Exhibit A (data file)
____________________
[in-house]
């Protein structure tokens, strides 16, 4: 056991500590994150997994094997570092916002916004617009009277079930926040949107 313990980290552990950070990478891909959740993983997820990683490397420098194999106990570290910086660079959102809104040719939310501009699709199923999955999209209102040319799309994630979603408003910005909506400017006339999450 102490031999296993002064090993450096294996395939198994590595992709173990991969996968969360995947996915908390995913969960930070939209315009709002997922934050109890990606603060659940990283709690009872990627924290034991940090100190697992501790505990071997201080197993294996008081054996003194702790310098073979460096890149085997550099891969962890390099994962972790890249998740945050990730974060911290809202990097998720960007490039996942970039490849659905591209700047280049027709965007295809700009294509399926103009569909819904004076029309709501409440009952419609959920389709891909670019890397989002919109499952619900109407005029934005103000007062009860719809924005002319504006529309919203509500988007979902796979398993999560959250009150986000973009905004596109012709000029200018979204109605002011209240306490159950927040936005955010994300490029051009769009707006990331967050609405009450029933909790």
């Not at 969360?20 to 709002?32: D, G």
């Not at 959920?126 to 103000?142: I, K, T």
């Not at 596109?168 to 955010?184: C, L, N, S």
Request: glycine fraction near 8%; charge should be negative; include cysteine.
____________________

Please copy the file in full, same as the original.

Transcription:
[in-house]
């Protein structure tokens, strides 16, 4: 056991500590994150997994094997570092916002916004617009009277079930926040949107 313990980290552990950070990478891909959740993983997820990683490397420098194999106990570290910086660079959102809104040719939310501009699709199923999955999209209102040319799309994630979603408003910005909506400017006339999450 102490031999296993002064090993450096294996395939198994590595992709173990991969996968969360995947996915908390995913969960930070939209315009709002997922934050109890990606603060659940990283709690009872990627924290034991940090100190697992501790505990071997201080197993294996008081054996003194702790310098073979460096890149085997550099891969962890390099994962972790890249998740945050990730974060911290809202990097998720960007490039996942970039490849659905591209700047280049027709965007295809700009294509399926103009569909819904004076029309709501409440009952419609959920389709891909670019890397989002919109499952619900109407005029934005103000007062009860719809924005002319504006529309919203509500988007979902796979398993999560959250009150986000973009905004596109012709000029200018979204109605002011209240306490159950927040936005955010994300490029051009769009707006990331967050609405009450029933909790």
């Not at 969360?20 to 709002?32: D, G």
């Not at 959920?126 to 103000?142: I, K, T």
């Not at 596109?168 to 955010?184: C, L, N, S």
Request: glycine fraction near 8%; charge should be negative; include cysteine.